Foreign aid and investment have played a critical role in Pakistan’s economic development since the first years of independence. Since 1954, the government has tried to attract foreign investment to maintain economic development, provide specialized technical knowledge, and bring in much-needed foreign exchange. Incentives for private investment include guarantees for the repatriation of capital invested in approved industries, facilities for remittance of profits, and guarantees for equitable compensation in the event of nationalization of an industry.

In addition, special tax concessions available to certain local industries are also available to foreign investors. Since the late 1980s, a series of regulatory reforms related to exchange controls, repatriation of profits, and credit for foreign-owned firms, issuing of equity shares, foreign currency accounts, and transactions on the stock exchange have significantly reduced the restrictions on general foreign investor activity in the wider Pakistani economy. (encyclopedia of the nation) 1. 3Foreign direct investment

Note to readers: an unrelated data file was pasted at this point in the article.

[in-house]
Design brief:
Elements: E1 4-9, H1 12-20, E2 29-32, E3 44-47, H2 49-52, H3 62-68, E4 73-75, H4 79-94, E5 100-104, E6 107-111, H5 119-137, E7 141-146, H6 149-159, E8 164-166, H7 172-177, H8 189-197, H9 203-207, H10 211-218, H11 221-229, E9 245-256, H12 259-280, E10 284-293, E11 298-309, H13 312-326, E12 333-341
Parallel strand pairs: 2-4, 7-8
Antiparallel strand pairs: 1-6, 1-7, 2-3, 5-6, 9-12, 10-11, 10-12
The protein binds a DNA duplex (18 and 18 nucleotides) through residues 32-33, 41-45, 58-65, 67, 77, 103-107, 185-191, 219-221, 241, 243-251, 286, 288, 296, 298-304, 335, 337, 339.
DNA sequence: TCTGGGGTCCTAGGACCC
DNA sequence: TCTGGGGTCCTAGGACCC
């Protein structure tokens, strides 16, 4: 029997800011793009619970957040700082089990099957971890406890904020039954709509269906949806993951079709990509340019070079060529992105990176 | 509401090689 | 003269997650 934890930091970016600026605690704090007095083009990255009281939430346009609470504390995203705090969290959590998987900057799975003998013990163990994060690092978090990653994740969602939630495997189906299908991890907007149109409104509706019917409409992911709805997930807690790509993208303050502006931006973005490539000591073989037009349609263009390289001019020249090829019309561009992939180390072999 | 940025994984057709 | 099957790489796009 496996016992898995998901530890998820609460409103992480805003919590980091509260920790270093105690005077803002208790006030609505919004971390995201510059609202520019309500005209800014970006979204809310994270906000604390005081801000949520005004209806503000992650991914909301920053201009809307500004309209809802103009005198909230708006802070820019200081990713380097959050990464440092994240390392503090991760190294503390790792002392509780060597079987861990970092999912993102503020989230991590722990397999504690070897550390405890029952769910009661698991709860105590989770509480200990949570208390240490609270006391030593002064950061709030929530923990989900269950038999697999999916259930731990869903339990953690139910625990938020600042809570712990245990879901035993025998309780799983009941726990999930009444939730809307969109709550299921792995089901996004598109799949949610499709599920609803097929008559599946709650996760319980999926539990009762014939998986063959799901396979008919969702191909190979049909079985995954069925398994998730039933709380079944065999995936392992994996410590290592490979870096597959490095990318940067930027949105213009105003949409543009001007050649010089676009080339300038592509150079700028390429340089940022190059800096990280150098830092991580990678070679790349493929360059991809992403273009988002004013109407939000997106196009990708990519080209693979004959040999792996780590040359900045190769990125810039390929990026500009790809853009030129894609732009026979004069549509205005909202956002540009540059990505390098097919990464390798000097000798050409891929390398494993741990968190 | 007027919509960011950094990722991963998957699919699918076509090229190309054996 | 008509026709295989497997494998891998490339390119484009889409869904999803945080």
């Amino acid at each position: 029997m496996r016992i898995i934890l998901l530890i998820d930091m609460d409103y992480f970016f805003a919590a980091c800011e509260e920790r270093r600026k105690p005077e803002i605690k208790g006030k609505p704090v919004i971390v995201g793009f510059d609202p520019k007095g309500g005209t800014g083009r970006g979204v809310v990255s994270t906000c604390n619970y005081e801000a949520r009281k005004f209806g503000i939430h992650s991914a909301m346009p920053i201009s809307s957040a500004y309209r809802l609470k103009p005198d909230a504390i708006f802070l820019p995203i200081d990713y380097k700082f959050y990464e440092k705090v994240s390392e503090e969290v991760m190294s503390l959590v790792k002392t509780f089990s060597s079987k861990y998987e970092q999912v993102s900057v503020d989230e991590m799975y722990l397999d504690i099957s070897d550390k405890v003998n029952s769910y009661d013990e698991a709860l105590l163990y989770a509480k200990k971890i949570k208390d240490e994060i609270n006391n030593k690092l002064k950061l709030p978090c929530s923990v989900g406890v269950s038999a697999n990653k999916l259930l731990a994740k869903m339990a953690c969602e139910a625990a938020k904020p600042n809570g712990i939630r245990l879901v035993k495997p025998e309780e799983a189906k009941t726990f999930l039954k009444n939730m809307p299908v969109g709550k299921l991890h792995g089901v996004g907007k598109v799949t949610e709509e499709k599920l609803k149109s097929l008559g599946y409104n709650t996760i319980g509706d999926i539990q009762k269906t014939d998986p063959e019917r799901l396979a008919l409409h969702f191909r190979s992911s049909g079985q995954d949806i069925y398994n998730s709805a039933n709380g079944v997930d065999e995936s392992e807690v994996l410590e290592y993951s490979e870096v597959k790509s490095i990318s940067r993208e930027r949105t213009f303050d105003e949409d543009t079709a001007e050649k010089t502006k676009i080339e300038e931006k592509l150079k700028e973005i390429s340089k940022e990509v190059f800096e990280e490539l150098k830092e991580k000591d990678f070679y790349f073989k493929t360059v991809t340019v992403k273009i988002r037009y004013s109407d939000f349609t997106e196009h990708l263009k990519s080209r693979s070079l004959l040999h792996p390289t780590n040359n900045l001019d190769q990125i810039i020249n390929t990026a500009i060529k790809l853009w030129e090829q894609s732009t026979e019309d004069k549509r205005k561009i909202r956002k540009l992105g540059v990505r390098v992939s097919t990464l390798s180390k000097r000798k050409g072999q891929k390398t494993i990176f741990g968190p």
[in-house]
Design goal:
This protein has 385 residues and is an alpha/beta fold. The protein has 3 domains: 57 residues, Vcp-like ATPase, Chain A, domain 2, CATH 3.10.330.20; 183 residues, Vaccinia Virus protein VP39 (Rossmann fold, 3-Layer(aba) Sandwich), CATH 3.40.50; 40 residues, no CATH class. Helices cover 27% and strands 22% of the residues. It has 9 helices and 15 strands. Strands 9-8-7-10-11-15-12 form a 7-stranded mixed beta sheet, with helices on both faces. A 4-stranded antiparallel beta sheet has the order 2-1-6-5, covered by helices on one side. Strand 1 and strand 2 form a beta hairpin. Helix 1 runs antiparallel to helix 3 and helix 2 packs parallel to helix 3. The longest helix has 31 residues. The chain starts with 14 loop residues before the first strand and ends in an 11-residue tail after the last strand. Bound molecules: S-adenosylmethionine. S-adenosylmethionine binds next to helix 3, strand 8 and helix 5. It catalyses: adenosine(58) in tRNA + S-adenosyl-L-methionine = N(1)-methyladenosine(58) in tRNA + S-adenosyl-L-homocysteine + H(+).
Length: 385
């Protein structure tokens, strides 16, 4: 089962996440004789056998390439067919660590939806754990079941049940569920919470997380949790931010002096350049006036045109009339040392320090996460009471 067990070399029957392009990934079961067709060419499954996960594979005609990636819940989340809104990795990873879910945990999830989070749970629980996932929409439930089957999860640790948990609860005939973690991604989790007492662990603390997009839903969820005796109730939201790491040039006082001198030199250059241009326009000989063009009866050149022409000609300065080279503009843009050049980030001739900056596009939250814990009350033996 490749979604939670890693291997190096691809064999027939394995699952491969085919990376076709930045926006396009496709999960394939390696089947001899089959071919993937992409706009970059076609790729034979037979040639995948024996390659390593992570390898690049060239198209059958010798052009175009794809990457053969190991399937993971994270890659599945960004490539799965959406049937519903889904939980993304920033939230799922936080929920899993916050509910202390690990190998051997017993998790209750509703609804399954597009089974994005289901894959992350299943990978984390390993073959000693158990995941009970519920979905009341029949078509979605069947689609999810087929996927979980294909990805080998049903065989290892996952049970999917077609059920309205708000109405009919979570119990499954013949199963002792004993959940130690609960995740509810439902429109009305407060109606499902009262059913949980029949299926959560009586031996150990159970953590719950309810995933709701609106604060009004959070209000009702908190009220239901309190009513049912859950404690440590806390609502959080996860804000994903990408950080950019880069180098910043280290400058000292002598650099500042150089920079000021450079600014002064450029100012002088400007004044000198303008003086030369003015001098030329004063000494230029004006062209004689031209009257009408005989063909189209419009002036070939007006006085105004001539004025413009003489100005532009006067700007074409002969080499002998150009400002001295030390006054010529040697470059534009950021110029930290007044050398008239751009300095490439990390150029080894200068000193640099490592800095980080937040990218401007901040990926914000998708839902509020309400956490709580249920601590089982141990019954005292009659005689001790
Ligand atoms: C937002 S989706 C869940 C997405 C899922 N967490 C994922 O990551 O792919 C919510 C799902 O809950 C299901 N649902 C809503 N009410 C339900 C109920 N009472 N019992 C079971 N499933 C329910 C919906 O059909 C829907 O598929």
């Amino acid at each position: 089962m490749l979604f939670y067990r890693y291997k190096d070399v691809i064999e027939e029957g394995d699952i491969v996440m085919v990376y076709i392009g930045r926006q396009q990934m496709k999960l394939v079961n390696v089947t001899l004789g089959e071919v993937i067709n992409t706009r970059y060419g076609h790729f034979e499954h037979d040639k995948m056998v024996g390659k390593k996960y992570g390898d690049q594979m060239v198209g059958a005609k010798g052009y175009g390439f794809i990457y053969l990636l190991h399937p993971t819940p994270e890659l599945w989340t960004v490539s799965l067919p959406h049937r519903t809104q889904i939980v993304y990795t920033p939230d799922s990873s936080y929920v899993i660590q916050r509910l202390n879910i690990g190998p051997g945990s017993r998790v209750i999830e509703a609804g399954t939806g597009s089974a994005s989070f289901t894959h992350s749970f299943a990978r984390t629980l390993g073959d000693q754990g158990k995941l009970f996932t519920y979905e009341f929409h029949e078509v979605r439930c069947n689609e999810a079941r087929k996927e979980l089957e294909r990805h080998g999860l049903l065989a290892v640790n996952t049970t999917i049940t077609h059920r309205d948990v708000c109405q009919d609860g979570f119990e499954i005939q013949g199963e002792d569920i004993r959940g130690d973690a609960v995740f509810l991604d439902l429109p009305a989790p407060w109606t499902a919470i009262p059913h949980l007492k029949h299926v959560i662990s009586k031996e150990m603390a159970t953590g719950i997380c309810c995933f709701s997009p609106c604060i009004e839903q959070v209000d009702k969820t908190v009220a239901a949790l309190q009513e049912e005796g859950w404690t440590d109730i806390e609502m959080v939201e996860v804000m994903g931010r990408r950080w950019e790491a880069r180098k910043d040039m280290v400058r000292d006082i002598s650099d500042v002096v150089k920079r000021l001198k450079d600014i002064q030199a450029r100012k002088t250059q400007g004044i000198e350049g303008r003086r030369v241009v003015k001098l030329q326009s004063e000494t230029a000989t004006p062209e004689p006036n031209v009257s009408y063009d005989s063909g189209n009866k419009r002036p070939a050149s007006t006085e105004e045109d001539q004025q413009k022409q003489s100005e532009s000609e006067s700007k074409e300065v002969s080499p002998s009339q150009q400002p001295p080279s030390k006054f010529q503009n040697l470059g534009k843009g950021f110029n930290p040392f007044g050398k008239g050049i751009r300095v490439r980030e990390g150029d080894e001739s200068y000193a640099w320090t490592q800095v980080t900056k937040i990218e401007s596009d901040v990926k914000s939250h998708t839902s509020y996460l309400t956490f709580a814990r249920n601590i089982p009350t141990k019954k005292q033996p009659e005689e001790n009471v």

Foreign direct investment (FDI) is defined as a long-term investment by a foreign direct investor in an enterprise resident in an economy other than that in which the foreign direct investor is based. The FDI relationship consists of a parent enterprise and a foreign affiliate which together form a transnational corporation (TNC). In order to qualify as FDI the investment must afford the parent enterprise control over its foreign affiliate. The UN defines control in this case as owning 10% or more of the ordinary shares or voting power of an incorporated firm or its equivalent for an unincorporated firm. Khan, 2011) Foreign direct investment (FDI) plays an extraordinary and growing role in global business. It can provide a firm with new markets and marketing channels, cheaper production facilities, access to new technology, products, skills and financing. For a host country or the foreign firm which receives the investment, it can provide a source of new technologies, capital, processes, products, organizational technologies and management skills, and as such can provide a strong impetus to economic development.